REEAD enabled Plasmodium detection based on unfrozen saliva samples

For long term storage of field collected samples and to ensure experimental reproducibility, all saliva samples tested hitherto were frozen in aliquots prior to testing. For the potential future use of the REEAD assay as a diagnostic tool the method will most probably be used to test unfrozen saliva samples. Therefore, to investigate if freezing is a necessary step to achieve efficient extraction of pTopI from saliva and obtain positive REEAD results, fresh saliva samples were collected in Gabon and transported at 4 °C to Europe where they were tested by REEAD within 5 to 45 days post collection.

Immediately upon arrival of the samples (corresponding to five to six days post collection), saliva from seven malaria positive (#26–32, Table 2) and 19 uninfected individuals was analyzed using the REEAD assay. The box plot in Fig. 3A shows the average number of signals per image frame obtained from 16 images. To avoid noise arising from slide to slide variation all results were normalized to the results obtained using a sample from patient #12 (Table 2) as reference sample. The signals obtained from Plasmodium positive samples were in all cases above the mean of the signals arising from malaria negative samples with at least 2 standard deviations (data not shown), clearly demonstrating the ability of REEAD to detect malaria using unfrozen saliva as the test material. In concert with this finding, a Mann-Whitney U test shows that the median of the results obtained from the group of samples from uninfected individuals differ significantly from the median of the results obtained from the group of samples from Plasmodium infected individuals (P = 0.0001).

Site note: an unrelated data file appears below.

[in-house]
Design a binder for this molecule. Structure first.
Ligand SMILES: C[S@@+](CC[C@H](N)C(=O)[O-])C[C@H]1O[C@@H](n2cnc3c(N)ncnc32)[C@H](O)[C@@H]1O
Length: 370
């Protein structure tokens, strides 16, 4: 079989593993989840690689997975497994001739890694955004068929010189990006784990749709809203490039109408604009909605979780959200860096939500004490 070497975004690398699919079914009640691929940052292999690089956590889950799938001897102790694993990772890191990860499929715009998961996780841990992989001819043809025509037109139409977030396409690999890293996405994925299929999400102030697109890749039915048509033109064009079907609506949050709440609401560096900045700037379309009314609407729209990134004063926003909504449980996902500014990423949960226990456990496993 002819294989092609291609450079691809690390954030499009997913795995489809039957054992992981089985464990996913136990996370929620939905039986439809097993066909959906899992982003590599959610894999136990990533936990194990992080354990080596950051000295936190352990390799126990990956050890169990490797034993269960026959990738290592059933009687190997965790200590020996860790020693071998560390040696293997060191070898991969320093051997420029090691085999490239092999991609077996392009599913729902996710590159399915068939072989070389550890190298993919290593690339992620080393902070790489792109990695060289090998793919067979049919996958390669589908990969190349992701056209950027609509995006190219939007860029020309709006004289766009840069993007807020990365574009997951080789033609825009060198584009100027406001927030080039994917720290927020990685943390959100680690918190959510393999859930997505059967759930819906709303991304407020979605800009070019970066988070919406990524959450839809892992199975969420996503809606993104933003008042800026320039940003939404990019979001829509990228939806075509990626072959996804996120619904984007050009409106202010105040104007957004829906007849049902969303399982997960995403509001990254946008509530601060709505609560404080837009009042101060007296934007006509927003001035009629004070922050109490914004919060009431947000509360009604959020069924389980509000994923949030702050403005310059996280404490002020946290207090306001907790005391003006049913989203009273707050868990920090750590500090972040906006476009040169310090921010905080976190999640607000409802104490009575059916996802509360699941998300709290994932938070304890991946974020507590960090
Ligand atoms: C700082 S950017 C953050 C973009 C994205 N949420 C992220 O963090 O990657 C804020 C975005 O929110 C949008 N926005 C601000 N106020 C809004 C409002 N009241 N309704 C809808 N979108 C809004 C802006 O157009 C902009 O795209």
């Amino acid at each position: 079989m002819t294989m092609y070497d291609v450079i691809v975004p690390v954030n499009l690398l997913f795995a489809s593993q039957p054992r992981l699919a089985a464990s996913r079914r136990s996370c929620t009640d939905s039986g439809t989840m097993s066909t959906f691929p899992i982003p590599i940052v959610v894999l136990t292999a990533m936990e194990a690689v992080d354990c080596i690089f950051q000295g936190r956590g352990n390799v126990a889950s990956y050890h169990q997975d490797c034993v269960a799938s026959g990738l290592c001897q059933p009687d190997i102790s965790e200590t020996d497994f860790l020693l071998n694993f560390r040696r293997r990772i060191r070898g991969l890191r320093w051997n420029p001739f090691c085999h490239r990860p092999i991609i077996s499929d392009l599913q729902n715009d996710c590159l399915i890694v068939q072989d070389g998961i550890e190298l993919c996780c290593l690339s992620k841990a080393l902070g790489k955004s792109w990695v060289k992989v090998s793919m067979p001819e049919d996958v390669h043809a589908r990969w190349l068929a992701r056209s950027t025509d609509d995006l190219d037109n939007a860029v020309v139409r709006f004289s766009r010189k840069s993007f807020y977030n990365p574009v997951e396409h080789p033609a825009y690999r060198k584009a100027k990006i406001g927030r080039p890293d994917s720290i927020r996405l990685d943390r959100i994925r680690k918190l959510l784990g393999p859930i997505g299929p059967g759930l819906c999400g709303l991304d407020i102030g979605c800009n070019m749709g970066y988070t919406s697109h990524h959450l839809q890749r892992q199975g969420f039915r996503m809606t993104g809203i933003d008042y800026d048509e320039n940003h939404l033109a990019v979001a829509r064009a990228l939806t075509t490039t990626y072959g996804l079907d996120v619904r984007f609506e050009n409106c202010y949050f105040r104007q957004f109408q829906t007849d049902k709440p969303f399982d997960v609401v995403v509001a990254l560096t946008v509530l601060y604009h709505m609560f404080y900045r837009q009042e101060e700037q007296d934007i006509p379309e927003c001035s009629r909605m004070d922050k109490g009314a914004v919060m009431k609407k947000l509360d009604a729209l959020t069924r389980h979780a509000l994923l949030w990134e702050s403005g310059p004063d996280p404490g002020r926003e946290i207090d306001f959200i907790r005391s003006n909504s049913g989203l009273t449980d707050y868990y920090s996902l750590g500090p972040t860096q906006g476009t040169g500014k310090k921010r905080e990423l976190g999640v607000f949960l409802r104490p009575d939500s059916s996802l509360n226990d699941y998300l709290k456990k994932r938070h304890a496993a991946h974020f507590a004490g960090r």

Figure 3

Detection of pTopI in unfrozen saliva from malaria patients: (A) Boxplot showing the results from the REEAD assay for testing unfrozen saliva from uninfected individuals (N = 19) or Plasmodium infected persons (N = 7) (#26–32, Table 2). (B) Bar chart showing the results of analyzing a saliva sample that had either been frozen upon arrival or kept at 4 °C for 11, 25, or 45 days. Due to limited amount of sample it was not possible to do repetitions of the analysis of the positive samples. The error bars on the bars representing the results of testing the positive samples therefore show the standard error of measurement for 16 randomly selected microscopic images. All results were normalized to the results obtained using a sample from patient #12 (Table 2) as reference sample.